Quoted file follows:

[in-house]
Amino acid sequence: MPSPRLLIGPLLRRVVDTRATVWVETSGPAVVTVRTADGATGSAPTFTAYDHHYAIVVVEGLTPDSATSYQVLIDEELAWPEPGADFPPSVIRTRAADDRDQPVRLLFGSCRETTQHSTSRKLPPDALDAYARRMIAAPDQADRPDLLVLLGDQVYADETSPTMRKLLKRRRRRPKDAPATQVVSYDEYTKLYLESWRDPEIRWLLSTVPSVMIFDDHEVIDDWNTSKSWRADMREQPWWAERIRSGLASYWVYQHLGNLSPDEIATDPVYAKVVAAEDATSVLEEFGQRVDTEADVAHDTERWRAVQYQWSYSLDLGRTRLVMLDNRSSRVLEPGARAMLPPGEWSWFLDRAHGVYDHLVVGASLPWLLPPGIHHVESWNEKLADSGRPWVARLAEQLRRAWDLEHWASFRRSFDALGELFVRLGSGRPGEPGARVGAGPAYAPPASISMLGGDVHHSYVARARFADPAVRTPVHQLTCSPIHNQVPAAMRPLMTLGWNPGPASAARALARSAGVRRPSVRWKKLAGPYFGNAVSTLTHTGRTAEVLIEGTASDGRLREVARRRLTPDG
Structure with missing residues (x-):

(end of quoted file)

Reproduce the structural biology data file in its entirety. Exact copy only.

[in-house]
Amino acid sequence: MPSPRLLIGPLLRRVVDTRATVWVETSGPAVVTVRTADGATGSAPTFTAYDHHYAIVVVEGLTPDSATSYQVLIDEELAWPEPGADFPPSVIRTRAADDRDQPVRLLFGSCRETTQHSTSRKLPPDALDAYARRMIAAPDQADRPDLLVLLGDQVYADETSPTMRKLLKRRRRRPKDAPATQVVSYDEYTKLYLESWRDPEIRWLLSTVPSVMIFDDHEVIDDWNTSKSWRADMREQPWWAERIRSGLASYWVYQHLGNLSPDEIATDPVYAKVVAAEDATSVLEEFGQRVDTEADVAHDTERWRAVQYQWSYSLDLGRTRLVMLDNRSSRVLEPGARAMLPPGEWSWFLDRAHGVYDHLVVGASLPWLLPPGIHHVESWNEKLADSGRPWVARLAEQLRRAWDLEHWASFRRSFDALGELFVRLGSGRPGEPGARVGAGPAYAPPASISMLGGDVHHSYVARARFADPAVRTPVHQLTCSPIHNQVPAAMRPLMTLGWNPGPASAARALARSAGVRRPSVRWKKLAGPYFGNAVSTLTHTGRTAEVLIEGTASDGRLREVARRRLTPDG
Structure with missing residues (x-):